Iceland Divide, a Film by Montanus
Iceland Divide is a new short film from Montanus that chronicles their recent bikepacking trip across Iceland, straight through the country’s notoriously unforgiving and desolate interior. Watch the full film here, along with behind the scenes photos and notes on the bikes and gear used for the trip…
Iceland Divide is a new short film that follows Francesco and Giorgio of Montanus on their recent north-south fatbike traverse of the Iceland Divide Bikepacking Route, home to some of the most extreme environments on the planet. The route parallels the Mid-Atlantic Ridge and spans the entire country, across volcanic deserts, along boundless glaciers, and through otherworldly landscapes. This film captures the desolate beauty of the Icelandic Highlands, and showcases the extreme weather conditions and uniquely harsh environments that have humbled countless travelers over the ages.
Watch the full film below, and read on for details on the bikes and gear used for their crossing of Iceland, a gallery of behind the scenes photos from the making of the film, and an brief overview of the Iceland Divide Bikepacking Route.
Why Fat Bikes?
The route we traced crosses greatly varied environments, and each one has different terrain, from asphalt, to gravel, to volcanic ash, and solidified lava. Especially in the most remote area of the route, an expansive field of lava stones. It’s here that your trip can easily become an odyssey.
In researching the route, we noticed many photos of the 4WD vehicles that the local Icelanders use to move about in the Highlands. Their off-road vehicles are raised up and have enormous wheels that are equipped with a pneumatic system, controlled by the passenger compartment. This allows them to increase or decrease tire pressure to suit the terrain.
As such, the fat bike seemed to us the most appropriate choice to us, and it proved its worth in the field. On the asphalt and gravel stretches, we kept tire pressures high to reduce rolling resistance, and we deflated them in the rougher stretches when we need for more grip and forgiveness. Our fat tires also gave us the opportunity to ford some rivers without having to hop off the bikes, even over extremely loose and slippery stones.
Many people have asked us via email or messages if a fat bike is really required to cover the route. For us, it’s the optimal choice because it allowed us to pedal the whole route, even when fully loaded with 10 days of supplies in our panniers. This doesn’t mean that you couldn’t complete the route with plus tires or something smaller, but it just depends on how much you’re willing to compromise.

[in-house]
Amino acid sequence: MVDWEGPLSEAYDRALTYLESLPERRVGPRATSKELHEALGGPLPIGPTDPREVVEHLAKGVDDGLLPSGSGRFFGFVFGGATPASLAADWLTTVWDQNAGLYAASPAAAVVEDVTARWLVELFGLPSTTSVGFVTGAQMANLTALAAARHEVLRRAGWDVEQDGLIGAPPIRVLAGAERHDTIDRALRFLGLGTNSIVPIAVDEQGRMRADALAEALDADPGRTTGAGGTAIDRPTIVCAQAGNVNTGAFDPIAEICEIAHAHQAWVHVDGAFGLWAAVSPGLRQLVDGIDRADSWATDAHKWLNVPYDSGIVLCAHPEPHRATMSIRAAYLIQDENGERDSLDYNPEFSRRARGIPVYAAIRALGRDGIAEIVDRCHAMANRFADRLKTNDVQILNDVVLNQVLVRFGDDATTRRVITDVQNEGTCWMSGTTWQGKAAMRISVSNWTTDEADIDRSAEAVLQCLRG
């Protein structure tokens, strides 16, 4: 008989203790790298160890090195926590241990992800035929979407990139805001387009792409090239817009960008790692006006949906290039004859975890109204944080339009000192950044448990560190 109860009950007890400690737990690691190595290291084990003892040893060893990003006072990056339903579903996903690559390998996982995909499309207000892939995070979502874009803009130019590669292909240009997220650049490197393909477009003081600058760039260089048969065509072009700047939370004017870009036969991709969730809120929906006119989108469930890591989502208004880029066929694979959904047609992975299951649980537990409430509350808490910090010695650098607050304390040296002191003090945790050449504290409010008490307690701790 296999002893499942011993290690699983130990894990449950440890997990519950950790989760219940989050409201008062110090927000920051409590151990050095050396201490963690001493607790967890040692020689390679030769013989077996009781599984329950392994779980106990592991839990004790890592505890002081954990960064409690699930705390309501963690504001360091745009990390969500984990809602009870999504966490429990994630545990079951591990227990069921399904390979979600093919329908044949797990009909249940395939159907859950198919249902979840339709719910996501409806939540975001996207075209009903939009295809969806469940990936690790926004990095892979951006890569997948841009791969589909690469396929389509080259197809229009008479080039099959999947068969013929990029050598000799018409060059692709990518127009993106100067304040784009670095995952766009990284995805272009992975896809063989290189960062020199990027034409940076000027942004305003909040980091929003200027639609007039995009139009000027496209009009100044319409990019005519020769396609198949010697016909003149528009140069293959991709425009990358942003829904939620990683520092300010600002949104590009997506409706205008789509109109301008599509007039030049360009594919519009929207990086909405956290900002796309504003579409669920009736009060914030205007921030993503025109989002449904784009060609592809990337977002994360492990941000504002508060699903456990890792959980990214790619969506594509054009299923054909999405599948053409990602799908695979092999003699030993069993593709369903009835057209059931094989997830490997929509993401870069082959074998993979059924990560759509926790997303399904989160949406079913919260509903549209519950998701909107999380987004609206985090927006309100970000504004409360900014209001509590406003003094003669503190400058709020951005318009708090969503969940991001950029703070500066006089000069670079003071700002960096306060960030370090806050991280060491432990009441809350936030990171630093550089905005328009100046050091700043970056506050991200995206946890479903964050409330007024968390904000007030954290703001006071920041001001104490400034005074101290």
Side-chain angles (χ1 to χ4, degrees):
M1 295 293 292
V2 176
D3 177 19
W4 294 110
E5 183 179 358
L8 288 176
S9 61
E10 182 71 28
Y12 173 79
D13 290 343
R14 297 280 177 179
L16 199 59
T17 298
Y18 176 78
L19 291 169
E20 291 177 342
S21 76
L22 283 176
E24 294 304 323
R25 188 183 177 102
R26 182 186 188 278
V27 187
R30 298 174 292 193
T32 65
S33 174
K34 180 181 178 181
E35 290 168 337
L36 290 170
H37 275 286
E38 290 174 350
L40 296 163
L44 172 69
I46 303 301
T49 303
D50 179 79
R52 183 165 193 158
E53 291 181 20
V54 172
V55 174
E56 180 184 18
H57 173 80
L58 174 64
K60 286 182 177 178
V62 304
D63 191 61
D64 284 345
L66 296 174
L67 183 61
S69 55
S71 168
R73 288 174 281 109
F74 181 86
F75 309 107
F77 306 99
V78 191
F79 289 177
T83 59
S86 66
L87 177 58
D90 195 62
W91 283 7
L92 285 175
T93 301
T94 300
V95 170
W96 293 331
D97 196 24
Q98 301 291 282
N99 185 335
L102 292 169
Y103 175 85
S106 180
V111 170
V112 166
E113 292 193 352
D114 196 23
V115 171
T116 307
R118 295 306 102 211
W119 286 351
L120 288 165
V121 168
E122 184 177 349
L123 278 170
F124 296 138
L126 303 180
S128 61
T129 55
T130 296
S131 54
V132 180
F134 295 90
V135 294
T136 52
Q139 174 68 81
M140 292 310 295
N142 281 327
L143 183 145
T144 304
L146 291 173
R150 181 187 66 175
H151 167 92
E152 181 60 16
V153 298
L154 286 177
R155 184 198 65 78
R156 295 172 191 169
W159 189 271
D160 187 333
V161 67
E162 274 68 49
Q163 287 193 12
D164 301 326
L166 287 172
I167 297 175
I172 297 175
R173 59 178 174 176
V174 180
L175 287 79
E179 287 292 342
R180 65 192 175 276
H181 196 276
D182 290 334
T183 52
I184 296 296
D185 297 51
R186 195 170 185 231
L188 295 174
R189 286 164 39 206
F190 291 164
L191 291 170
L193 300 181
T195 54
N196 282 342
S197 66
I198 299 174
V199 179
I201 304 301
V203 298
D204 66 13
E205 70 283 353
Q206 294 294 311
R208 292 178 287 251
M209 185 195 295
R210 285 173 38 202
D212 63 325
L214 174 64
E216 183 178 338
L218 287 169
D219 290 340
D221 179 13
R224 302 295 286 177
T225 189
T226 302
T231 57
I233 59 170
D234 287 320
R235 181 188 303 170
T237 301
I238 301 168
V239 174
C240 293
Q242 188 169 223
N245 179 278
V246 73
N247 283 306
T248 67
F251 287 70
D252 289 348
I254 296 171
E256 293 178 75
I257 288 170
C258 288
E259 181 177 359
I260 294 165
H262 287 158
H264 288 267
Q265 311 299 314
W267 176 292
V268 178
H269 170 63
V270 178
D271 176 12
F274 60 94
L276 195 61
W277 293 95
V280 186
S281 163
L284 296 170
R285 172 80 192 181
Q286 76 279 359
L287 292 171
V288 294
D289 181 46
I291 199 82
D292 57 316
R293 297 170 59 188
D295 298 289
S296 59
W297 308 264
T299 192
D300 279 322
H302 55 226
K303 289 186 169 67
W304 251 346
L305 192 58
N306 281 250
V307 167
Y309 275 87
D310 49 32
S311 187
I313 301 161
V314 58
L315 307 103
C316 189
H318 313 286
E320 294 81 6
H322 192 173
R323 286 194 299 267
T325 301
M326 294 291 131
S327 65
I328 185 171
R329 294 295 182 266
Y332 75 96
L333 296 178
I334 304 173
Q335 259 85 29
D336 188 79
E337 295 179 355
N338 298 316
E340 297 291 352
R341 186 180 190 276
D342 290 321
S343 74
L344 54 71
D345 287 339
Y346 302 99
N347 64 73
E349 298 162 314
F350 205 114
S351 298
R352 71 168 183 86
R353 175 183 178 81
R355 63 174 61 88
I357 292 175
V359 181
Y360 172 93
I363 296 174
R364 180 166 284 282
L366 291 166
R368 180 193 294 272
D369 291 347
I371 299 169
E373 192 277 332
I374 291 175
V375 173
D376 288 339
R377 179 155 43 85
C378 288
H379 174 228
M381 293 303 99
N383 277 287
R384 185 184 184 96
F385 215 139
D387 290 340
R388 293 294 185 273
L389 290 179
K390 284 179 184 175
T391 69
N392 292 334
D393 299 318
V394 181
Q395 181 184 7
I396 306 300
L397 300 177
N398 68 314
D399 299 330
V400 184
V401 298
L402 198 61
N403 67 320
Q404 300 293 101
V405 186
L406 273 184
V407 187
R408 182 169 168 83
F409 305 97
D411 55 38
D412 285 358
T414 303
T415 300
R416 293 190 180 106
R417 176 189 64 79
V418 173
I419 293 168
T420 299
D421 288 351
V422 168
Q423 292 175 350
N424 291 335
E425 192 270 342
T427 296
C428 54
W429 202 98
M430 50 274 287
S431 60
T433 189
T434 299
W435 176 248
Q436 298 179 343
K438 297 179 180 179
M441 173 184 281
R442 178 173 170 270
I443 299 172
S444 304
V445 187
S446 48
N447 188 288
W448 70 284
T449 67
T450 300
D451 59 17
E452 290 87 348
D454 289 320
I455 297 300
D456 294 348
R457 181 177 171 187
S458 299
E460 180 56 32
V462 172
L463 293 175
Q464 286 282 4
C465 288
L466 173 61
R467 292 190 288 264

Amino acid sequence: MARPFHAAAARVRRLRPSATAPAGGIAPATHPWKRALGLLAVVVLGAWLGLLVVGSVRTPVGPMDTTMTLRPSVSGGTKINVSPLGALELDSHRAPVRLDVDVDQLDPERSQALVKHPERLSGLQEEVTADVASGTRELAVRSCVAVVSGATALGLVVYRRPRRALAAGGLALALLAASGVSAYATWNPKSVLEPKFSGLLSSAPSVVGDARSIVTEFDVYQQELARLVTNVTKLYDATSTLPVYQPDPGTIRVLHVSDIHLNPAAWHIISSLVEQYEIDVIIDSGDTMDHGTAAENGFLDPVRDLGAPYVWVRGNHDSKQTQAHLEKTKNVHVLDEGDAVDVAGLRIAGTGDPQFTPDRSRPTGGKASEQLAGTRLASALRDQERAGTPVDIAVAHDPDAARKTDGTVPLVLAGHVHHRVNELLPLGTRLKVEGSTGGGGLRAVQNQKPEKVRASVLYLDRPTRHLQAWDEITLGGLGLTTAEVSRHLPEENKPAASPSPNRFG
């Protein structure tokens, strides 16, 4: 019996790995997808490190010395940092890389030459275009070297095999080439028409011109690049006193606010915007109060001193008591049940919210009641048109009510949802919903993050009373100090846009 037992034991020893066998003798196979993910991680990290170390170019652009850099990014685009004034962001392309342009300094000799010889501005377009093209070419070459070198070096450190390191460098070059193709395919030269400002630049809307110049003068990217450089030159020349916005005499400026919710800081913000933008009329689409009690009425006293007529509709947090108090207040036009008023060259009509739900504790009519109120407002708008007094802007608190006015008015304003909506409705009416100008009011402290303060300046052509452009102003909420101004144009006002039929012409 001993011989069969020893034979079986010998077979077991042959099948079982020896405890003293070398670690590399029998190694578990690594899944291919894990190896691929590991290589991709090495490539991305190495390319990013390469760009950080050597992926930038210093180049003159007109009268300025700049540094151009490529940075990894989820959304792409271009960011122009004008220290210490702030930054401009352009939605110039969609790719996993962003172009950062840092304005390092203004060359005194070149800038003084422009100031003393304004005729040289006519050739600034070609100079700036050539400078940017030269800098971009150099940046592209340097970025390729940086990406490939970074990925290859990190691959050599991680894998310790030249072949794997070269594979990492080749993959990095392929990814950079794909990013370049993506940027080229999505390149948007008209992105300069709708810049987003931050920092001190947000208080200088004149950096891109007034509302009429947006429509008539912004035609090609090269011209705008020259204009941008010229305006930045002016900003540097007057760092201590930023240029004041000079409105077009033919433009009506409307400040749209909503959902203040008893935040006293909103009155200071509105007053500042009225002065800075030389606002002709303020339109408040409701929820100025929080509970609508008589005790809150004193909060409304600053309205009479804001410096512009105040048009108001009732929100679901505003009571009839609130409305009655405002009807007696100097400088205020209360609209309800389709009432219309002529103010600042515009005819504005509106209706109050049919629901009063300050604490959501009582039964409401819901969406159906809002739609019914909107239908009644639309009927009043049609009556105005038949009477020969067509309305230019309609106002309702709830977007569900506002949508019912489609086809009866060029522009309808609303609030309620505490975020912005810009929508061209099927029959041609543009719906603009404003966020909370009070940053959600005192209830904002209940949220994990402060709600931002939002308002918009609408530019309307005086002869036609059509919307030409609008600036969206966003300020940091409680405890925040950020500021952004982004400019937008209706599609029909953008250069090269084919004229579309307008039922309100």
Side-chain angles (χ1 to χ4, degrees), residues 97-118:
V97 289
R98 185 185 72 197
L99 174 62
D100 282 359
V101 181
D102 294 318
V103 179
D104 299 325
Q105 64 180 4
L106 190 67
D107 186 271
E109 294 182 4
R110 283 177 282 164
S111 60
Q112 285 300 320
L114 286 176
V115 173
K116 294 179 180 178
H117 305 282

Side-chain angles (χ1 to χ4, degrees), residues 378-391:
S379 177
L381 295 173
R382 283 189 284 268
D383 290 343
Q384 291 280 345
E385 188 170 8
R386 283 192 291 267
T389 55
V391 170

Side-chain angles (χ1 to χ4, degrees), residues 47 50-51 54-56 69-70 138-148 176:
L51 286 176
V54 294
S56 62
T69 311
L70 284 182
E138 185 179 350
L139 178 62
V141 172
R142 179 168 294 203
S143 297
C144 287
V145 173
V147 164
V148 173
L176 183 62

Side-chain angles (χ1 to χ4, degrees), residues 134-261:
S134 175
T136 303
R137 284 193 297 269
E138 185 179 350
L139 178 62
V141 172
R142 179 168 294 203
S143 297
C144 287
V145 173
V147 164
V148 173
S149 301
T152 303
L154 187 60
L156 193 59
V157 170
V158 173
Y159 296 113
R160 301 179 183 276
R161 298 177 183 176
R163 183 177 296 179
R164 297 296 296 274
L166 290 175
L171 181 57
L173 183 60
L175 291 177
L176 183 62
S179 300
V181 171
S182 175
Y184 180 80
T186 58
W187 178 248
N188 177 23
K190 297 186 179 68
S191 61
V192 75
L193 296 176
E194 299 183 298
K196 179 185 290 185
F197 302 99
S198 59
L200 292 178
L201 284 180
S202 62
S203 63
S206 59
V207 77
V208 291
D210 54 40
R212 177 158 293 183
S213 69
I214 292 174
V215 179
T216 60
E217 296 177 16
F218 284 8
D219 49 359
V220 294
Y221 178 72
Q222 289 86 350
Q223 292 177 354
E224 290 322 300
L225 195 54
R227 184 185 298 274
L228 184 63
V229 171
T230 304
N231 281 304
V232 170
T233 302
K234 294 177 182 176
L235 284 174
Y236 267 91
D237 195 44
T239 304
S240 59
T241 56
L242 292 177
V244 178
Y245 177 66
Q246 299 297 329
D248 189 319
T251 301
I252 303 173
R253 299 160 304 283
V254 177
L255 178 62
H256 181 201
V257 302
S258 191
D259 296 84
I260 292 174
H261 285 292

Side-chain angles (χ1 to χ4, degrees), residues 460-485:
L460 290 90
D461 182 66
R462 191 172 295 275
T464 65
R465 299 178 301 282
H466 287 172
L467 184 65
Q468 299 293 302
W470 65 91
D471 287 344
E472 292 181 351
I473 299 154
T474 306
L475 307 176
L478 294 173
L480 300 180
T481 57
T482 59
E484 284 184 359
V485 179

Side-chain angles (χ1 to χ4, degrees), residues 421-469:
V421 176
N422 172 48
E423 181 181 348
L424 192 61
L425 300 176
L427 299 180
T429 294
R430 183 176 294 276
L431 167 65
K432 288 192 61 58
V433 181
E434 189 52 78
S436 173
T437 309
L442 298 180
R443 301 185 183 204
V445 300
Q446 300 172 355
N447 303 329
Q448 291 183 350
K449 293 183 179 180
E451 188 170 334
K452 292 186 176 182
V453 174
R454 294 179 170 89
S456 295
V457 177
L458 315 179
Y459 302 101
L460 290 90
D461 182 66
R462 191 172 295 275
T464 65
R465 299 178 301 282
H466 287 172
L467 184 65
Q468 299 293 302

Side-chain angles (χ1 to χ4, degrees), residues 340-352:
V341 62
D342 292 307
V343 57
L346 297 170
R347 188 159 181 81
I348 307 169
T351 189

Bikes and Bags
We rode two carbon 2018 Salsa Mukluks (size M and L) with a few notable upgrades. Specifically, we swapped out the stock parts for Salt Flat DeLuxe Handlebars (750/800mm), Formula Cura brakes (160mm/180mm rotors), Ergon GS1/GA3 grips, Ergon SMC4 saddles, and OneUp Components flat pedals.
We ran Salsa Alternator rear racks paired with 14L panniers to transport 10 days’ worth of food supplies. We each anchored a cylindrical watertight bag to our rack using Voile straps, along with Crocs for fording rivers on foot, and our tripods. We used Salsa EXP Series FAT Framepacks and EXP Series Toptube Bags.
In the cockpit, we mounted Revelate’s Harness, Saltyroll, Mountain Feedbags. To complete the kit, we used Revelate Jerrycans for tools and spare parts, and their Yakataga Dry Pocket bags for quick (but waterproof) access to our cameras. Thanks to its waterproof construction and T-zip, the Yakataga Dry Pocket saved one of the cameras when it was completely submerged during a river crossing gone wrong.
Our collective camping equipment consisted of an MSR Reflex 2 Ultralight Tent, two NeoAir Xlite inflatable sleeping pads, and two Therm-a-Rest Antares HD sleeping bags. For cooking, we opted for an MSR MicroRocket canister stove, a stainless pot, Titan Tool Spoons, and MSR Titanium cups. We used an MSR Trail Shot to filter the sediment out of glacial rivers. And we also brought some ready-to-eat food and energy bars from Adventure Food, tortillas, cold cuts, tea and coffee, candy, chocolate, biscuits, peanuts, and dried fruit.
We brought the same filming equipment that used in Patagonia. Two Sony RX10 cameras (Mark II and Mark III), with 11 batteries each, a Phottix Aion remote controller, and two GoPro Hero 5 cameras with 6 batteries each. The only modification was the using a carbont SIRUI T-025SK tripod instead of the aluminum model.
About The Iceland Divide
The Iceland Divide is a nine-day, 344-mile (554 km) bikepacking route that crosses Iceland from the north to south coast by following the mid-ocean ridge fault line that runs the length of the country. Departing from Akureyri, located at the base of Iceland’s longest fjord, it follows doubletracks and gravel roads as it passes through lava fields, beside volcanic glaciers, and into some of the most remote areas of the country. See our complete Iceland Divide route guide for details and additional photos.